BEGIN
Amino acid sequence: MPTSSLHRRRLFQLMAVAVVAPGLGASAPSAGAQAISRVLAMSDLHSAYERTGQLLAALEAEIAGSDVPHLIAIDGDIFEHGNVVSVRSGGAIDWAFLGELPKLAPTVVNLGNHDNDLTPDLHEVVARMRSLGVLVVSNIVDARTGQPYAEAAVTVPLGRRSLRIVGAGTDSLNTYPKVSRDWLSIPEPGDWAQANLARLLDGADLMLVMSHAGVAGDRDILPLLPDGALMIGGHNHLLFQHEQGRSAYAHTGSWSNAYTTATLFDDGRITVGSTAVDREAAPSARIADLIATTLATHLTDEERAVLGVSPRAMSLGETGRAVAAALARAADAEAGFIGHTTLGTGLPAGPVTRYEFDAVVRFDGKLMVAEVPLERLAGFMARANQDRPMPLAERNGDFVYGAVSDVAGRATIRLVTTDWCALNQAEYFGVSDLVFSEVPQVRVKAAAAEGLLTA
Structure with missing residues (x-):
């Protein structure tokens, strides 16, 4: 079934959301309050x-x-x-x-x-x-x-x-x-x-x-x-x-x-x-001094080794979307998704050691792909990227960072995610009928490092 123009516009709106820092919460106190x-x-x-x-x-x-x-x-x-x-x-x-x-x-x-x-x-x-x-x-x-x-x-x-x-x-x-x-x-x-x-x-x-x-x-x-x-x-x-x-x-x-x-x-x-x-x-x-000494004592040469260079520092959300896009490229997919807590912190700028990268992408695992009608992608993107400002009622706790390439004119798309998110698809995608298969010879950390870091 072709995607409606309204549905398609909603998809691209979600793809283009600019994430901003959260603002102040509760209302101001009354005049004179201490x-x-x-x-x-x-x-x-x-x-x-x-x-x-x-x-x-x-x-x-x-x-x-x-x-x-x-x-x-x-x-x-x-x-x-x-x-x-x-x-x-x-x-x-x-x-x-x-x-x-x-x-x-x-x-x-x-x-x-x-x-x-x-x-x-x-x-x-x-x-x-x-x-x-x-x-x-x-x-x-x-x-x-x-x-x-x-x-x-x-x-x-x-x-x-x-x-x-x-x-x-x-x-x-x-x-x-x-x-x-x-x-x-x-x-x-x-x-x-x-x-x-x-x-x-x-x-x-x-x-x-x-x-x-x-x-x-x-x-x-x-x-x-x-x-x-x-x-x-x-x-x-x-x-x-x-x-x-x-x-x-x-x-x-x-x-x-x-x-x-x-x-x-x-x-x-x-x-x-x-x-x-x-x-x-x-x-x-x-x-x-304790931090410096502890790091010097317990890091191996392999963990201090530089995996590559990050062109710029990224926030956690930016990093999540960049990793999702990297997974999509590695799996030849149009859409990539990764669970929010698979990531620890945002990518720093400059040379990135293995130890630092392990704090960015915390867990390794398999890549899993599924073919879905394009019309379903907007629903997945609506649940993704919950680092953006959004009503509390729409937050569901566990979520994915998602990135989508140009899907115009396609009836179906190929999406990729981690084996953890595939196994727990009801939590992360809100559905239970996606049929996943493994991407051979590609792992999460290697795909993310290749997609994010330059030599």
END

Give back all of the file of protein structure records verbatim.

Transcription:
Amino acid sequence: MPTSSLHRRRLFQLMAVAVVAPGLGASAPSAGAQAISRVLAMSDLHSAYERTGQLLAALEAEIAGSDVPHLIAIDGDIFEHGNVVSVRSGGAIDWAFLGELPKLAPTVVNLGNHDNDLTPDLHEVVARMRSLGVLVVSNIVDARTGQPYAEAAVTVPLGRRSLRIVGAGTDSLNTYPKVSRDWLSIPEPGDWAQANLARLLDGADLMLVMSHAGVAGDRDILPLLPDGALMIGGHNHLLFQHEQGRSAYAHTGSWSNAYTTATLFDDGRITVGSTAVDREAAPSARIADLIATTLATHLTDEERAVLGVSPRAMSLGETGRAVAAALARAADAEAGFIGHTTLGTGLPAGPVTRYEFDAVVRFDGKLMVAEVPLERLAGFMARANQDRPMPLAERNGDFVYGAVSDVAGRATIRLVTTDWCALNQAEYFGVSDLVFSEVPQVRVKAAAAEGLLTA
Structure with missing residues (x-):
């Protein structure tokens, strides 16, 4: 079934959301309050x-x-x-x-x-x-x-x-x-x-x-x-x-x-x-001094080794979307998704050691792909990227960072995610009928490092 123009516009709106820092919460106190x-x-x-x-x-x-x-x-x-x-x-x-x-x-x-x-x-x-x-x-x-x-x-x-x-x-x-x-x-x-x-x-x-x-x-x-x-x-x-x-x-x-x-x-x-x-x-x-000494004592040469260079520092959300896009490229997919807590912190700028990268992408695992009608992608993107400002009622706790390439004119798309998110698809995608298969010879950390870091 072709995607409606309204549905398609909603998809691209979600793809283009600019994430901003959260603002102040509760209302101001009354005049004179201490x-x-x-x-x-x-x-x-x-x-x-x-x-x-x-x-x-x-x-x-x-x-x-x-x-x-x-x-x-x-x-x-x-x-x-x-x-x-x-x-x-x-x-x-x-x-x-x-x-x-x-x-x-x-x-x-x-x-x-x-x-x-x-x-x-x-x-x-x-x-x-x-x-x-x-x-x-x-x-x-x-x-x-x-x-x-x-x-x-x-x-x-x-x-x-x-x-x-x-x-x-x-x-x-x-x-x-x-x-x-x-x-x-x-x-x-x-x-x-x-x-x-x-x-x-x-x-x-x-x-x-x-x-x-x-x-x-x-x-x-x-x-x-x-x-x-x-x-x-x-x-x-x-x-x-x-x-x-x-x-x-x-x-x-x-x-x-x-x-x-x-x-x-x-x-x-x-x-x-x-x-x-x-x-x-x-x-x-x-x-x-304790931090410096502890790091010097317990890091191996392999963990201090530089995996590559990050062109710029990224926030956690930016990093999540960049990793999702990297997974999509590695799996030849149009859409990539990764669970929010698979990531620890945002990518720093400059040379990135293995130890630092392990704090960015915390867990390794398999890549899993599924073919879905394009019309379903907007629903997945609506649940993704919950680092953006959004009503509390729409937050569901566990979520994915998602990135989508140009899907115009396609009836179906190929999406990729981690084996953890595939196994727990009801939590992360809100559905239970996606049929996943493994991407051979590609792992999460290697795909993310290749997609994010330059030599």